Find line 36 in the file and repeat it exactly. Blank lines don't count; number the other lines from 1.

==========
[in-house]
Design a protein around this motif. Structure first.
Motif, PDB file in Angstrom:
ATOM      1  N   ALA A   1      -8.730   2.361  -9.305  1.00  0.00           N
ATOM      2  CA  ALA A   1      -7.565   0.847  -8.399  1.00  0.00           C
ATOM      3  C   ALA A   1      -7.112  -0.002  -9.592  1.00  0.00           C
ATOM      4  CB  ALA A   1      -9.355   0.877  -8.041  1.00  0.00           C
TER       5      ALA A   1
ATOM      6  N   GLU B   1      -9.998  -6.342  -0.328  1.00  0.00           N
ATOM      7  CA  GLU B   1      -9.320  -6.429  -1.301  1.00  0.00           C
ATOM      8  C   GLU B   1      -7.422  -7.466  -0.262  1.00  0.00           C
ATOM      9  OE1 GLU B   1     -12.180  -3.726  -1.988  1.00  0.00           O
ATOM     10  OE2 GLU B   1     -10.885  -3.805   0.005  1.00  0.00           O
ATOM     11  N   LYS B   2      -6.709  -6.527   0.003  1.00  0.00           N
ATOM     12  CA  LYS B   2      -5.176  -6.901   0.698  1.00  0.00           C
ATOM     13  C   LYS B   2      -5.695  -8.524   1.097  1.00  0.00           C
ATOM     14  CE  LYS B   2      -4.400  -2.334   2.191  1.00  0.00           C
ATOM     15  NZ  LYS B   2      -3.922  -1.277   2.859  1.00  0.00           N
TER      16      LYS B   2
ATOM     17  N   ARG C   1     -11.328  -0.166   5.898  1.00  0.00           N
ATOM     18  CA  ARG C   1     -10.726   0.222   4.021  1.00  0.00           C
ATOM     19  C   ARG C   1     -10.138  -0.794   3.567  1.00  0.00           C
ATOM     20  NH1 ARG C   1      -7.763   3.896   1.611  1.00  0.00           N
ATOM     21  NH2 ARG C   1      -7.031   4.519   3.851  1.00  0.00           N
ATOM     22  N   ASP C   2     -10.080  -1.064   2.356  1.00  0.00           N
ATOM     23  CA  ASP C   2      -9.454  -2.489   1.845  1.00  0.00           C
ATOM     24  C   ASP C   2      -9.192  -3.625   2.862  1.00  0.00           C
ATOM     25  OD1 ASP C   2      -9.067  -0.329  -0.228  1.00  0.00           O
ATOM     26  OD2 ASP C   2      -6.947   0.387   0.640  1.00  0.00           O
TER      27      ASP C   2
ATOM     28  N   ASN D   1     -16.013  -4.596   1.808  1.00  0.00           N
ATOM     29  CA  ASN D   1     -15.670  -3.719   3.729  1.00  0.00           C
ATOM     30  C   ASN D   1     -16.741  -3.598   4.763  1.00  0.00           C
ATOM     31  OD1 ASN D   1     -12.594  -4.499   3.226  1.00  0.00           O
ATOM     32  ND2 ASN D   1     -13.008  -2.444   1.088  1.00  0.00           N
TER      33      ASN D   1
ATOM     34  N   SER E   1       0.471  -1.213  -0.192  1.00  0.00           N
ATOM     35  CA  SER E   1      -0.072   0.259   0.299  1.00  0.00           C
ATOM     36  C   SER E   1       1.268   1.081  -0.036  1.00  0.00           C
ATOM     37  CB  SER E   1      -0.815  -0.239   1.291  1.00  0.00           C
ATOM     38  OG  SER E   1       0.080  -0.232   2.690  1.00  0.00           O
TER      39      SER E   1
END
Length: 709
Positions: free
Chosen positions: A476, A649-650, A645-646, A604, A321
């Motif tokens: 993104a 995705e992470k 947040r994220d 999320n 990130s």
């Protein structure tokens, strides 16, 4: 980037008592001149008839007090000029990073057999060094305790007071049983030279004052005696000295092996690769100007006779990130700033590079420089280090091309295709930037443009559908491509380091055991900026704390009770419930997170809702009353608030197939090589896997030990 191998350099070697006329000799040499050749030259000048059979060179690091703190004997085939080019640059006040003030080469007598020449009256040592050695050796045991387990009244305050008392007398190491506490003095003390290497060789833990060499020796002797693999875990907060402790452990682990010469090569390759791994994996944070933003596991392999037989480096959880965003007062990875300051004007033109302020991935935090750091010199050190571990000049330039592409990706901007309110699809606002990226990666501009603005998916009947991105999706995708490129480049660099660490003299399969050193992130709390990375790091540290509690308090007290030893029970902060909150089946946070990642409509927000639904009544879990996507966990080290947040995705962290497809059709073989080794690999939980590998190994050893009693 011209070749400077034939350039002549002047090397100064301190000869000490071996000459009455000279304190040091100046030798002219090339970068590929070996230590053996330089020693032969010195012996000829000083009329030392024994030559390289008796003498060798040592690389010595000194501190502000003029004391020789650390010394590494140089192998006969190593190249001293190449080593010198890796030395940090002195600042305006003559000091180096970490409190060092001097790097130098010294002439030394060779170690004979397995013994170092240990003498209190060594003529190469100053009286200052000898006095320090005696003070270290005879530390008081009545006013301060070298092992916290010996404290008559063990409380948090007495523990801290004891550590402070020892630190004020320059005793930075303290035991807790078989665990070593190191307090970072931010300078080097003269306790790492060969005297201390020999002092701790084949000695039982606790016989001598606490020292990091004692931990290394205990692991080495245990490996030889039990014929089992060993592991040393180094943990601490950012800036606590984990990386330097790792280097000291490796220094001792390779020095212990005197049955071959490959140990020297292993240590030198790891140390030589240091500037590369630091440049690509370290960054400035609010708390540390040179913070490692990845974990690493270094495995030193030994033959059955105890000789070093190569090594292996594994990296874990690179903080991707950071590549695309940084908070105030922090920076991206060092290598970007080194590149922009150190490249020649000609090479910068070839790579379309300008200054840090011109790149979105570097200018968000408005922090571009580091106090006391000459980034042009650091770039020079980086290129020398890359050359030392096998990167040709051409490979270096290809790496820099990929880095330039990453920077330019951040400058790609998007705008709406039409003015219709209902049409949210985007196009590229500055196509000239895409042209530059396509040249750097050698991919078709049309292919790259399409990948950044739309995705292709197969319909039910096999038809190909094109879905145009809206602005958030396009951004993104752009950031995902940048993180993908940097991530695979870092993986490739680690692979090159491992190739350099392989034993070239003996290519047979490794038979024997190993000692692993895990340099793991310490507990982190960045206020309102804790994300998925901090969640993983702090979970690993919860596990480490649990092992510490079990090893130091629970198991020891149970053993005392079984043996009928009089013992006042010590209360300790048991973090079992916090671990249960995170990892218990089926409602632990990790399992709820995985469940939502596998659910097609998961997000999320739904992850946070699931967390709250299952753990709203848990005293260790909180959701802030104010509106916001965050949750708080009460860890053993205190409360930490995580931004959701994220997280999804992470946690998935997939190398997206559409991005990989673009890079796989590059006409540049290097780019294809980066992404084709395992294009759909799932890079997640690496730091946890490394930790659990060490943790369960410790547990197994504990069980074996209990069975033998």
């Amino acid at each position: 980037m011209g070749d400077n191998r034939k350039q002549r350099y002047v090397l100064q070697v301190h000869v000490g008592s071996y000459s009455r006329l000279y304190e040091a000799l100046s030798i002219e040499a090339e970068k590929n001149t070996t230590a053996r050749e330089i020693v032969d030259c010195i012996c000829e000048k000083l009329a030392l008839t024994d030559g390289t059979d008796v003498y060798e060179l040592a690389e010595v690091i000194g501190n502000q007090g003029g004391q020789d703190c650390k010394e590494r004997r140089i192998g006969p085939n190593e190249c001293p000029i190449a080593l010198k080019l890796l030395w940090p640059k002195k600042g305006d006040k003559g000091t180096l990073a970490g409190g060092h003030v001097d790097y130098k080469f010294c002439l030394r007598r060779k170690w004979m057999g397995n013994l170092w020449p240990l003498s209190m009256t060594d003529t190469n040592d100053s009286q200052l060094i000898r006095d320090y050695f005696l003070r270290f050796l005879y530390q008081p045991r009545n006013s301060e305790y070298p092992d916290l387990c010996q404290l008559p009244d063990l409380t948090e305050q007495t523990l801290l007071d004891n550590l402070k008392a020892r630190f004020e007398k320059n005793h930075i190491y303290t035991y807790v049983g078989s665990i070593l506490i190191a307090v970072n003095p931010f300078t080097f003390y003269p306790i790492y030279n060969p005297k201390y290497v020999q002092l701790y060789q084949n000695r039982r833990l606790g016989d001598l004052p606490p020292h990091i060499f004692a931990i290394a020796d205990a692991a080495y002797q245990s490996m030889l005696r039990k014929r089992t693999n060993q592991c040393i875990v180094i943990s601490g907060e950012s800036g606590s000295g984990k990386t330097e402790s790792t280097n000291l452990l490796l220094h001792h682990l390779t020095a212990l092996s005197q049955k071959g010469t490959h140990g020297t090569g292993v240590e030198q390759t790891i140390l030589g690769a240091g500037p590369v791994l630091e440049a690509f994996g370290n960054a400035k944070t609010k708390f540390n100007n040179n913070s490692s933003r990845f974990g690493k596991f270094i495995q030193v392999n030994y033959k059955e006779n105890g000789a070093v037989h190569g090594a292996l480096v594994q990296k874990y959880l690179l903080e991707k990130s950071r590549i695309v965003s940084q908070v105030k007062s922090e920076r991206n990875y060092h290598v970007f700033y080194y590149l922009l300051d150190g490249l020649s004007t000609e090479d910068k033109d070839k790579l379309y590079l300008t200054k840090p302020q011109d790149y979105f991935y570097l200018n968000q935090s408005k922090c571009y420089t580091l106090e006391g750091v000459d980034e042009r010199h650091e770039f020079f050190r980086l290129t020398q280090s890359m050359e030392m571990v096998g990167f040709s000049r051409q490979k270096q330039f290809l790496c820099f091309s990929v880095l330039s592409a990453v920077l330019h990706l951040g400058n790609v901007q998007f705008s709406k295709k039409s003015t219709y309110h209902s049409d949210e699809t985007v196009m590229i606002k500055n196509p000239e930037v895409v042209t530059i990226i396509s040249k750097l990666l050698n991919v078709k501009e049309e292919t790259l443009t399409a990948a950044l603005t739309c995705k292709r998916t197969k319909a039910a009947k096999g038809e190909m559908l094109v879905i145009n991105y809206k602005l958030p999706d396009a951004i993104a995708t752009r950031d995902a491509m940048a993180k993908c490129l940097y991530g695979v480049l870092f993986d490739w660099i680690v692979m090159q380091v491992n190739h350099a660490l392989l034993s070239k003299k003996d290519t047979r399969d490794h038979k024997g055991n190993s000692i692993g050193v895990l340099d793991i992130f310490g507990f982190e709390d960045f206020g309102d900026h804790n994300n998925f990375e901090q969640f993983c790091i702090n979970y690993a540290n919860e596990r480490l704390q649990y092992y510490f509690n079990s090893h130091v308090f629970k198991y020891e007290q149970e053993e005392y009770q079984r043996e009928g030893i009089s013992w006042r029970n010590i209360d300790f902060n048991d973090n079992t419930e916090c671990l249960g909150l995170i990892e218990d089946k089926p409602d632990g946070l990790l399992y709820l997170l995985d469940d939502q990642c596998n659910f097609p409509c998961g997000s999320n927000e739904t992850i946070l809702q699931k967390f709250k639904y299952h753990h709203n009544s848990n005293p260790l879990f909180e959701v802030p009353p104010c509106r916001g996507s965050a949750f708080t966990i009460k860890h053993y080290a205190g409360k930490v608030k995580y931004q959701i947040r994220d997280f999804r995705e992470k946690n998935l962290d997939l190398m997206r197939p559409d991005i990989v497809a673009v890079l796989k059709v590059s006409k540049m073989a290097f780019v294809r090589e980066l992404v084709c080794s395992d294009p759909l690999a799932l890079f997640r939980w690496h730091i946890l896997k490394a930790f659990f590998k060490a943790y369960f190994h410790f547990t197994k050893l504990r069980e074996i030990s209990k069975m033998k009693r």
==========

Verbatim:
TER      33      ASN D   1